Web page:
Kicinski discusses water, encroachment

Kicinski discusses water, encroachmentUPDATE: Sections of this article have been removed for inaccuracies. See future editions for further clarification.

By BRIAN COSNER, News Review Staff Writer

Indian Wells Valley Groundwater Authority Chair Ron Kicinski addressed members and guests of the Ridgecrest Exchange club Wednesday afternoon where he fielded questions – mostly about GA activities. Kicinski is also president of the IWV Water District Board of Directors.

A more recent development of the GA is what is now being referred to as “the Navy Letter” – a letter from the Department of the Navy deeming groundwater resources as a primary encroachment concern to the mission of Naval Air Weapons Station China Lake. The letter is dated Feb. 20, 2019 and signed by NAWS Commanding Officer Capt. Paul M. Dale.

Despite being referred to as a “game-changing” development by Authority representatives, encroachment concerns predate the formation of the IWVGA. A panel, which included Authority representative Kern County 1st District Supervisor Mick Gleason and then Navy Region Southwest Commander Rear Adm. Patrick Lorge (ret.), addressed the topic about four years ago at an Association off Defense Communities conference in Monterey.

“When there is a resource or when you have a certain capability that exists in only one spot – anything that threatens its existence is encroachment,” said Lorge.

When asked how the Navy Letter changed the priority of avoiding encroachment and preserving the Mission of NAWS China Lake, Kicinski said “this is the first time we’ve seen it in writing.”

“I know the base in the past has mentioned encroachment, I think what’s made a difference is now it’s official,” said Kicinski. “It’s been implied in the past, but now they’re officially naming their federal reserved water rights.”

Attendee Pat Farris said to bring encroachment forward as a new “game-changing” topic seemed disingenuous.

“They brought this very thing forward several years ago with a lot of impetus,” said Farris. “I don’t think it’s right to present this like something new and say ‘oh wow, now we’ve got to take a new approach.’ The mission of the base has always been a top priority.”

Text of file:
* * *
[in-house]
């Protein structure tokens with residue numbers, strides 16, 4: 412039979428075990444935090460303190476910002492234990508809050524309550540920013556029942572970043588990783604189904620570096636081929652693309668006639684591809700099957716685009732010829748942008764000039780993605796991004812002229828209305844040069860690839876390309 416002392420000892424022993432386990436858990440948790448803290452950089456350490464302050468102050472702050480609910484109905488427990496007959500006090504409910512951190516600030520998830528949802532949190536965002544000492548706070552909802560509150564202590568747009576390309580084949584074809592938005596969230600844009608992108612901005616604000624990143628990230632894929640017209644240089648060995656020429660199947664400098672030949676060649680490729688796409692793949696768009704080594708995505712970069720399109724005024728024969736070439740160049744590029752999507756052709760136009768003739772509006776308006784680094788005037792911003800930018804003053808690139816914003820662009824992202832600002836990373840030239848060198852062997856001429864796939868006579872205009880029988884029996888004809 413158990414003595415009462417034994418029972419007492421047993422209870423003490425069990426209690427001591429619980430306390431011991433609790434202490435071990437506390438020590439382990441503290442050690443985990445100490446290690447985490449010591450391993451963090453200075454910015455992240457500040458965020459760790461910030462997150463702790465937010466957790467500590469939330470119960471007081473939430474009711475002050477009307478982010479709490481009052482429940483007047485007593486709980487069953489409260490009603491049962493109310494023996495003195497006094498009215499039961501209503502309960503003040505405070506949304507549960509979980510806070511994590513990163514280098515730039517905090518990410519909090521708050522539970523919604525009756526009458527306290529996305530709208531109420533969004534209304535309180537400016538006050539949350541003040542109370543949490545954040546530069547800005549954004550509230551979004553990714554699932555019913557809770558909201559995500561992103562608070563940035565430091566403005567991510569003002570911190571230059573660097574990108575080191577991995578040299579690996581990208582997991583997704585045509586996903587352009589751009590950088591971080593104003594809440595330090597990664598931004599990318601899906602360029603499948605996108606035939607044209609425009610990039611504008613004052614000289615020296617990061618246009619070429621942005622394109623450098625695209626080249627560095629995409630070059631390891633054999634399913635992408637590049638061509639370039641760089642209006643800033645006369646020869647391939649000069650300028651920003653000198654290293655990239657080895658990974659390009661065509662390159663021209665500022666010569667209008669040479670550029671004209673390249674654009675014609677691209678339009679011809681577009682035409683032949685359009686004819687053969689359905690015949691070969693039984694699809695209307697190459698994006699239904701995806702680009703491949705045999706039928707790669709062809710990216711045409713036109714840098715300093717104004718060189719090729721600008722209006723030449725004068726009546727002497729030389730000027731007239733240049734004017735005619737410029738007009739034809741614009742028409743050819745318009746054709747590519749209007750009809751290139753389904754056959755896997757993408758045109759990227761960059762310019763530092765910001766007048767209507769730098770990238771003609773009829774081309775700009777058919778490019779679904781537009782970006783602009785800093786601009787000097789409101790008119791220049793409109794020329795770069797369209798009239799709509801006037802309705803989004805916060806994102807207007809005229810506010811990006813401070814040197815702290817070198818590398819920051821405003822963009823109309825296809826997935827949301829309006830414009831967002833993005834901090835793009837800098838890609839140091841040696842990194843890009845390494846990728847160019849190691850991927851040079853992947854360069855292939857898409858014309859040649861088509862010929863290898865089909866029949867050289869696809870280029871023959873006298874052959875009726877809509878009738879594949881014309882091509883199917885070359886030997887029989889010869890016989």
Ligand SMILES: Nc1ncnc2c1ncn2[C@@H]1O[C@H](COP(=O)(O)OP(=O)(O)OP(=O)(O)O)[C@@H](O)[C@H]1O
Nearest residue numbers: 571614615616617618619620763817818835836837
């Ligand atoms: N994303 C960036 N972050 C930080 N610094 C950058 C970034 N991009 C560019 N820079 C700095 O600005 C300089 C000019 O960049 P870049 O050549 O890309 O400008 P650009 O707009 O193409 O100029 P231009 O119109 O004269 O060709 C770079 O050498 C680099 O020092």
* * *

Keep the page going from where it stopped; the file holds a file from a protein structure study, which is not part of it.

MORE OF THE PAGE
“What was said about encroachment from the Navy in the past – I wasn’t there,” said Kicinski. “The first time I ever heard it was when [Supervisor Gleason] was trying to change the zoning. We’ve always known [the Navy] is a major economic driver, but I have to believe this is the first time the Navy’s legal has come together to make this statement official.”

The News Review reached out to Gleason for follow-up comment, but he had not responded at press time.

The conversation turned to the question of water rights and to what extent the health of the Ridgecrest community was itself an asset to the Navy’s mission.

Larry Mead emphasized that outside of an adjudicated groundwater basin, no pumper has a distinct right to groundwater in California.

“I don’t know if a lot of people understand that,” he said. “No one has a water right, they have historical pumping.”

According to the State Water Resources Control Board, anybody can pump groundwater for domestic purposes or “beneficial use” – defined as agricultural, special biological significance, habitat, fishing, industrial service, municipal service and other uses.

“We need to be very careful when we say ‘the Navy needs all the water they need for growth,’” said Mead.

“If you say [people] who don’t work on base don’t get water, but [people] who do work on the base do, that is very scary.”

“How do you identify who supports the base?” continued Kicinski. “I think it’s easier to identify who doesn’t. Just because somebody doesn’t directly support the base, someone who owns a restaurant makes it an attractive community for workers. I think everybody in the community supports the base.”

Kicinski said that the base has relocated some 13,000 residents to the community of the years. Attendee Elaine Mead suggested that by doing so, the Navy may have handed off the responsibility of water availability largely to the IWV Water District.

No one had immediate answers for questions regarding groundwater rights and allocations, but the IWVGA will continue to discuss a Groundwater Sustainability Plan and other topics during it’s regular meeting next Thursday, March 21, 11 a.m. at City Hall.

For an agenda and more information, visit iwvga.org/iwvga-meetings.

Story First Published: 2019-03-15